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Natural sorting in Perl 6
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Sort strings containing a mix of letters and digits in an order more natural for
human readers.

    use v6;
    use Sort::Naturally;

    my @a = <1 11 100 14th 2 210 21 30 3rd d1 d10 D2 D21 d3 aid Are ANY>;

    say @a.nsort.join(' ');
    # or
    say @a.sort( { $^a ncmp $^b } ).join(' ');

Or, sort a list of dotted quad notation IP addresses:

    use v6;
    use Sort::Naturally;

    my @ips = ((0..255).roll(4).join('.')for 0..99);
    .say for @ips.nsort;


Sort::Naturally sorts lexically, but sorts groups of consecutive digits by order
of magnitude.

Similar though not identical to the Perl 5 Sort::Naturally. When sorting strings
that contain digits, will sort the groups of digits by "order of magnitude",
then lexically. Order of magnitude is something of a simplification.
Sort::Naturally does't try to interpret or evaluate a group of digits as a
number, it just counts how many digits are in each group and uses that as its
order of magnitude. 

The implications are:

    It doesn't understand the (non)significance of leading zeros; 0010, 0100 and
    1000 are all treated as being of the same order of magnitude and will all be
    sorted to be after 20 and 200.

    It doesn't understand floating point numbers; the numbers before and after a
    decimal point are treated as two separate groups of digits.

    It doesn't understand or deal with scientific or exponential notation.

However, that also means:

    You are not limited by number magnitude. It will sort arbitrarily large
    numbers with ease.

    It is quite speedy. (For liberal values of speedy.)

Sort::Naturally exposes two primary routines.

C<nsort> is the primary sorting routine. May be called either as a method or a sub.
C<@array.nsort> or C<nsort @array>.

C<ncmp> is to be used in sort blocks. Useful when you need to do secondary

Say you have a hash containg the words in a document with the keys being the
number of times each appears. You could sort by word frequency, then naturally
as follows:

    ("%words{$_}, $_").say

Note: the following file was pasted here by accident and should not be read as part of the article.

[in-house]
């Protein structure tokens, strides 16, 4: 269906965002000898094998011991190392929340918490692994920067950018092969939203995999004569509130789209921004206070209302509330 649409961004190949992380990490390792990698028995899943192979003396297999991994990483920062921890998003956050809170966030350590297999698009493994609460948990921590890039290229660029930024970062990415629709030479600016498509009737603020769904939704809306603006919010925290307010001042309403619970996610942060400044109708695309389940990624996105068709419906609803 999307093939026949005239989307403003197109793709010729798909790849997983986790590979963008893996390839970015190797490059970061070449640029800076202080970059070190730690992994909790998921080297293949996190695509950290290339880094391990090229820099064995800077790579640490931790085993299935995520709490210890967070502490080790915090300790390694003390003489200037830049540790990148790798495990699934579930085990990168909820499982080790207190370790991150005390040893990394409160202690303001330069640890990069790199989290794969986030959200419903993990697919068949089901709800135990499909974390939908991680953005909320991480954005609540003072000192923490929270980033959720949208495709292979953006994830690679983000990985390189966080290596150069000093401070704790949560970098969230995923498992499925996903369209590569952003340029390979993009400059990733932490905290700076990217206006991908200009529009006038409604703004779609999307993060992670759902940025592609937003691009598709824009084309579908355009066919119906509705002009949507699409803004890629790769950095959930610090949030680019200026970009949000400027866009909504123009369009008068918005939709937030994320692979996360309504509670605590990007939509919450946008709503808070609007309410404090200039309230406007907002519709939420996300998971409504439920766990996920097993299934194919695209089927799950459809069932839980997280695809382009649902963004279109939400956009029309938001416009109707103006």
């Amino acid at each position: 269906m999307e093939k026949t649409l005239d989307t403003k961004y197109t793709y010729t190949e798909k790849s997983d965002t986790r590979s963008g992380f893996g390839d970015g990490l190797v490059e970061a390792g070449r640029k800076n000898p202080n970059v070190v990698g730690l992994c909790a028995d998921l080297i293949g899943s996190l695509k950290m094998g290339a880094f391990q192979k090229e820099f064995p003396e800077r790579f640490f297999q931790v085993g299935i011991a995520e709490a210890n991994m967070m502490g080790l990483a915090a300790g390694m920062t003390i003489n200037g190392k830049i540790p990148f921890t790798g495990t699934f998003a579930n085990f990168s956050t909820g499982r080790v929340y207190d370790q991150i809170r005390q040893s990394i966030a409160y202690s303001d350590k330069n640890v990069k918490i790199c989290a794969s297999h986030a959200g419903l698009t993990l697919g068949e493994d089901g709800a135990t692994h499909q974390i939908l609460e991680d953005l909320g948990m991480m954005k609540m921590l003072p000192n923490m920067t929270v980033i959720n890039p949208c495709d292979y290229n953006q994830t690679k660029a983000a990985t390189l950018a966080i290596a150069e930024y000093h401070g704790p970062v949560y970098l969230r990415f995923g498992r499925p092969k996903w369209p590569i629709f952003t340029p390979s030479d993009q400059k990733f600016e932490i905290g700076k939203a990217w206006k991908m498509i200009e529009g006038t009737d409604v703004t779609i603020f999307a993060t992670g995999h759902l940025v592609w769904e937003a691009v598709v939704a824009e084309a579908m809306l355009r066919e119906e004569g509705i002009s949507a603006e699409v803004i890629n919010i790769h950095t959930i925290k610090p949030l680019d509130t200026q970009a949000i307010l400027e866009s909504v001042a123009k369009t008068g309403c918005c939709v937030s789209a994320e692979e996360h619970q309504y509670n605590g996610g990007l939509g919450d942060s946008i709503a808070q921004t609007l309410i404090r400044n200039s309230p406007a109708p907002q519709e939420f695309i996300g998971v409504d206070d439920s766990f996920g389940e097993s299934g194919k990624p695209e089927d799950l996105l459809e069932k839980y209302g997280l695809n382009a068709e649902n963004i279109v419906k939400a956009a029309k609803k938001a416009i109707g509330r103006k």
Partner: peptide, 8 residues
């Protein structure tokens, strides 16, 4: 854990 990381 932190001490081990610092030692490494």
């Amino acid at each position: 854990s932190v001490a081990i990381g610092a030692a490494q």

for sort {%words{$^b} <=> %words{$^a} || $^a ncmp $^b}, %words.keys;

Note: this will disable the default Schwartzian Transform and may be very slow.
If that is an issue either do a manual Schwartzian Transform or some kind of
caching of terms.

As it uses perl6s' sort behind the scenes, Sort::Naturally does a stable sort.
Therefore terms that evaluate to the same string will be return in the order
they were seen. For example: C<say <perl6 Perl6 PERL6 pErL6>.nsort.join(' ');>
will return "perl6 Perl6 PERL6 pErL6". If this is unacceptable and you need to
reliably sort uppercase before lower case, filter the list through a standard
sort first: C<say <perl6 Perl6 PERL6 pErL6>.sort.nsort.join(' ');> returns
"PERL6 Perl6 pErL6 perl6".

Backward Compatibility

Perl 5 Sort::Naturally has an odd convention in that numbers at the beginning of
strings sorted in ASCII order (digits sort before letters) but numbers embedded
inside strings are sorted in non-ASCII order (digits sort after letters). While
this is just plain strange in my opinion, some people may rely on this behaviour
so perl6 Sort::Naturally has "p5 compatibility mode" routines. These are
analogues of the primary routines prepended with p5.

C<p5nsort()> and C<p5ncmp>. Used identically to the p6 versions

    say <foo12z foo foo13a fooa Foolio Foo12a foolio foo12 foo12a 9x
      14>.p5nsort.join(' ');


9x 14 foo fooa Foolio foolio foo12 Foo12a foo12a foo12z foo13a

rather than:

9x 14 foo foo12 Foo12a foo12a foo12z foo13a fooa Foolio foolio

=head1 Author

Stephen Schulze (often seen lurking on and #perl6 IRC as
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